Grand Theft Auto V Review
Cart: Grand Theft Auto V
Cab: PS3, Xbox 360
Coin: Rockstar North
Here we are again. Probably the biggest multi platform franchise that doesn’t get an annual release, GTA makes its second major appearance on this generation of consoles in what sites like IGN are giving perfect, 10/10 scores to. Then again, IGN gives anything with a bit of hype a perfect score, including the distinctly disappointing GTA IV, so their opinion can be taken with a large pinch of salt.
The truth is, it is far from being one of the best games of this generation, but it is a marked improvement on the last game in the series and well worth a punt for fans of open world games, although you are going to need to invest a lot of time to get the best out of it.
The world is truly gorgeous
GTA V is every inch a GTA game, with a massive city to explore, a crime ridden tale to tell and an over the top driving model, although the latter has been toned down a touch this time. For the fifth installment, Rockstar have gone down a slightly more comedic route for the story, and in my opinion, is all the stronger for it. This time around you follow three characters through the story, which in truth, is just a device to enable the developers to split the action into three sections; driving missions, action missions and stealthy, slower levels, without breaking the suspension of disbelief.
It works well, and can be funny at times, but don’t be fooled into thinking the story is some incredible crime story. Think more ‘Con Air’ than ‘Goodfellas’. The story missions do vary, but keep a high level of quality. There are some incredibly exciting levels and also some frustrating areas, although there is at least a proper checkpoint system now, so no more driving for ten minutes to attempt a mission for the third time.
The gameplay has been tightened up, with a better camera, improved use of cover and the auto aim is slicker. It still doesn’t really have its own identity, gameplay-wise, as it could be a thousand other games like this, taken out of the context of the world it finds itself in.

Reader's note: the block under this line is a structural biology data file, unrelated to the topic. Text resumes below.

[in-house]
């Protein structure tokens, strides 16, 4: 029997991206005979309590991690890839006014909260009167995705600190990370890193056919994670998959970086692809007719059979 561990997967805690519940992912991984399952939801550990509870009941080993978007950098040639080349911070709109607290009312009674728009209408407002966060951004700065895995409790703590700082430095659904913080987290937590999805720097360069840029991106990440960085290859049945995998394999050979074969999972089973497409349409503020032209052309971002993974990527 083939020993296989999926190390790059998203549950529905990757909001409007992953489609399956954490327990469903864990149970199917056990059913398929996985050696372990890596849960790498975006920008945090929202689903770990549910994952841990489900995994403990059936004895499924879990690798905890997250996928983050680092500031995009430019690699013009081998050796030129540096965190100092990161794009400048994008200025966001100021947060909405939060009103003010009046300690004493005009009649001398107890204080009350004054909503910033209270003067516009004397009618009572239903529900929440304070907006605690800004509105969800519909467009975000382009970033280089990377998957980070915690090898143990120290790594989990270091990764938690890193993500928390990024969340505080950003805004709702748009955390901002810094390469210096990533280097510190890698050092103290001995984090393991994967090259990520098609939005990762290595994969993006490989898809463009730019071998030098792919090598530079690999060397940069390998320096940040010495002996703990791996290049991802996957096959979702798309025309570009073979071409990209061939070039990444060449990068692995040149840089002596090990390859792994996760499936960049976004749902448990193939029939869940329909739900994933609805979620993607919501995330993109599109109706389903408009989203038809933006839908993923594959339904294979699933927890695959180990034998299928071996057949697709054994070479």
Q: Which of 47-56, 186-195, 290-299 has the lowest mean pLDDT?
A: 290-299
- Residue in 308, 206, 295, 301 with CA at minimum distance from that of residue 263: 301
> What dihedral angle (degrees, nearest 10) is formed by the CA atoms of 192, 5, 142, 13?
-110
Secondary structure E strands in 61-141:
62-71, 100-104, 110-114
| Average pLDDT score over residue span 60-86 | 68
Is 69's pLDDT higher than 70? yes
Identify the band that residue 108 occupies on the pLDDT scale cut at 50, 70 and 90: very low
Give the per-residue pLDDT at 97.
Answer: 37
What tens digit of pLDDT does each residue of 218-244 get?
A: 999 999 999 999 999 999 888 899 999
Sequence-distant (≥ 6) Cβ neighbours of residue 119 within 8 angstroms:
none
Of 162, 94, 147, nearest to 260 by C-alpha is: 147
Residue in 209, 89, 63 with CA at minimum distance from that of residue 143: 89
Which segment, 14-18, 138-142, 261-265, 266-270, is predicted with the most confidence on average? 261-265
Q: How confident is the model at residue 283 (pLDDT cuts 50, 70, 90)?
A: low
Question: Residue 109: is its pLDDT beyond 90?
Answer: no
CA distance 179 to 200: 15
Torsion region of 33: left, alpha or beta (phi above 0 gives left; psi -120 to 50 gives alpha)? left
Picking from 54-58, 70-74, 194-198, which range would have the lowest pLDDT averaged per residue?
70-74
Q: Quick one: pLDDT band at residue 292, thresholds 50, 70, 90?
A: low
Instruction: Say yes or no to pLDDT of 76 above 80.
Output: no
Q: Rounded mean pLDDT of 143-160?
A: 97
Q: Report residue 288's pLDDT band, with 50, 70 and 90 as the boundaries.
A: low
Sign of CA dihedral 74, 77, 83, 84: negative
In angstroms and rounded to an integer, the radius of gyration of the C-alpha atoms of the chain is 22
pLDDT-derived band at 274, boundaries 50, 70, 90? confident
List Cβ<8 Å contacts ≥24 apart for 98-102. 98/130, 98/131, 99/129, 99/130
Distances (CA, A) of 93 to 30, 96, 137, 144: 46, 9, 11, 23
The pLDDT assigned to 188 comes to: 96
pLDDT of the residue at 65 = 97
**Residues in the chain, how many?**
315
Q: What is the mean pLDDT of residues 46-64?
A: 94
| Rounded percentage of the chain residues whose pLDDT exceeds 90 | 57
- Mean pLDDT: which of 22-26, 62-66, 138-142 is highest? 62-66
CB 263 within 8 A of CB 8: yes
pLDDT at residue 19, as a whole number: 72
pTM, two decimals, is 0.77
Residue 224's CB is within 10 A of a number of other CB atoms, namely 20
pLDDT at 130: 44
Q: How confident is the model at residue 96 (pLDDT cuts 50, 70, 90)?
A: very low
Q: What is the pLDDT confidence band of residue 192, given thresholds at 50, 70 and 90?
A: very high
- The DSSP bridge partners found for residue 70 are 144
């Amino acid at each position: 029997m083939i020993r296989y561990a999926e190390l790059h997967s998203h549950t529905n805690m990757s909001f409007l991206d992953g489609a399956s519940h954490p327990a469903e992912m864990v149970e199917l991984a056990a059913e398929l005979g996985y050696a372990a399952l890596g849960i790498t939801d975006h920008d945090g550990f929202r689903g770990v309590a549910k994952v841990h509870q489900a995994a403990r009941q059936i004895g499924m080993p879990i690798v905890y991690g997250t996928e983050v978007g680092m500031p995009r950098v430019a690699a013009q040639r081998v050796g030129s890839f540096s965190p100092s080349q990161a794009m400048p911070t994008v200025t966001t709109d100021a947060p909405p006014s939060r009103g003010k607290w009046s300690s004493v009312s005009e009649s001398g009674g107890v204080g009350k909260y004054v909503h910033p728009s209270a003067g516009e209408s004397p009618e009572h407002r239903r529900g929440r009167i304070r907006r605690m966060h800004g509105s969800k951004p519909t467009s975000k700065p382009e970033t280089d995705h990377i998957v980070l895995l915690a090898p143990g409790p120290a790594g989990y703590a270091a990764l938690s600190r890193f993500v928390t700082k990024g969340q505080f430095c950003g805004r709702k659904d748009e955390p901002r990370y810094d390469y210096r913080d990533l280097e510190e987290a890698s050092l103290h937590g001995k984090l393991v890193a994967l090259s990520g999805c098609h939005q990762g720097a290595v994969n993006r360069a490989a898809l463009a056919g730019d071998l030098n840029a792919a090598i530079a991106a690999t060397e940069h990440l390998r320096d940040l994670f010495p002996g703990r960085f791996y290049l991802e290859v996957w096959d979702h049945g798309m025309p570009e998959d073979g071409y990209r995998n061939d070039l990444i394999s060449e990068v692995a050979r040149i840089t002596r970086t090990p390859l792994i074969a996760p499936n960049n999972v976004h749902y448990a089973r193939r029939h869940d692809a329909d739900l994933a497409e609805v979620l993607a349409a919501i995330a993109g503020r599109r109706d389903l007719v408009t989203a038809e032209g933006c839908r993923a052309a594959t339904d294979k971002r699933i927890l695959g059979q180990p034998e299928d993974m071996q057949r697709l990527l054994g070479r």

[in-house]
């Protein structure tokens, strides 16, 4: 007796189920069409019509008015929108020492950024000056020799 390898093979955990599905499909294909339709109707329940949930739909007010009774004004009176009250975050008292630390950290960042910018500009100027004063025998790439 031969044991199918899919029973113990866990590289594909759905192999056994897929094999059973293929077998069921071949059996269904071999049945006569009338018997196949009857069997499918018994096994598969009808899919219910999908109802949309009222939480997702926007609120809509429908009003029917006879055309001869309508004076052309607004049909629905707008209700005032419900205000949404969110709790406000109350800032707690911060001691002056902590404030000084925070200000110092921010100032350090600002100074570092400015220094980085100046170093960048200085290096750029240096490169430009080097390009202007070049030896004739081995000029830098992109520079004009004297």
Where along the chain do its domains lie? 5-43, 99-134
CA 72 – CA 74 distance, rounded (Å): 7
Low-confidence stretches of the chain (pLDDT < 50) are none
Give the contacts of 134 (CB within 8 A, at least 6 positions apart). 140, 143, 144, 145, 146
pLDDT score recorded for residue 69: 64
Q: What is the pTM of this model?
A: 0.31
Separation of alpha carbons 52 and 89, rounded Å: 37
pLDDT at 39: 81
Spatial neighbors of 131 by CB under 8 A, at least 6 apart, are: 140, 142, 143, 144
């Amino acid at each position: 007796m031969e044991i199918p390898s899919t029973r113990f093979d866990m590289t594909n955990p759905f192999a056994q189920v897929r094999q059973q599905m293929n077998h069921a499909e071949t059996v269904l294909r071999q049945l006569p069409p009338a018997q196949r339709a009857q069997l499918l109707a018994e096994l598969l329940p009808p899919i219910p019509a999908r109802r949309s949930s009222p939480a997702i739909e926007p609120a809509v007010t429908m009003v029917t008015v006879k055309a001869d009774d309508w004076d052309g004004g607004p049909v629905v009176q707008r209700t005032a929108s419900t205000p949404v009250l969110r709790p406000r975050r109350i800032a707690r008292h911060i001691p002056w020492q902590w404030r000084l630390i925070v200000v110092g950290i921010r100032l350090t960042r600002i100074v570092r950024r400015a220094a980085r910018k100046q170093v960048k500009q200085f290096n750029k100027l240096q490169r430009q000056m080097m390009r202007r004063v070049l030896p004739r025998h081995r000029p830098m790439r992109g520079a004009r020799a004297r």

Ah yes, the world. Truly a technological mind boggler, the city of Los Santos and the countryside and neighbouring towns, is amazing. We have had enormous open world games before, like in Just Cause 2 and Skyrim, but they always felt empty and devoid of life and soul, which is not something that you can say about GTA V, with every street, wood and park packed to the rim with a feeling of life that I have never before seen.
The people are not just random characters walking up and down, but are context aware, and make absolute sense to be where they are, and take decisions based on your actions. I won’t spoil anything for you here; suffice to say that you will have many a magic moment while exploring the huge city.
The handling has been improved, but is still skittish
It is here that I have a problem: the sheer size of the world. Like the games I mentioned before, this takes place in a massive game area, and it will only be properly seen and explored by a tiny percentage of players, thus rendering this monumental size pointless. This enormous city does feel alive, but like the previous game in the series, there is not a lot to do in it aside from a few throwaway minigames. When games like Watch Dogs are giving us a slightly more compact world to explore, but offering up true interaction with every element of those worlds in new and exciting ways, Grand Theft Auto V feels a little old-fashioned.
Nothing wrong with old-fashioned at all, but it is something you should be aware of if you are weighing up whether or not to purchase. Another important factor is a major bug I have encountered when playing the PS3 version of the game. The draw distance and framerate gets worse the more you play. My 30 hour save performs far worse than a brand new, clear save file, no question about it. It doesn’t appear to be as bad as Skyrim, but it is an issue.
So, should you buy it? Well, if you are a fan of open world games and prefer scale to innovation, then eat your heart out, as there is an enormous world here to explore for the next six months of your life. If, however, you are a little more open world weary, then nothing here will spark up your love for the genre, as this is a GTA game in every sense and does little that is truly new. Better than the last one, but the future of open world is lined with games like Watch Dogs and Destiny, rather than in the ‘bigger is better’ ethos of GTA V.
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Editor and founder of VoxelArcade and The Smartphone App Review. Favourite games: Uridium 2, Frontier: Elite II, Sensible World of Soccer, Far Cry 3, Zelda: Ocarina, Metroid Prime, Solar Quest, F-Zero GX, Monkey Island 2 and Tetris.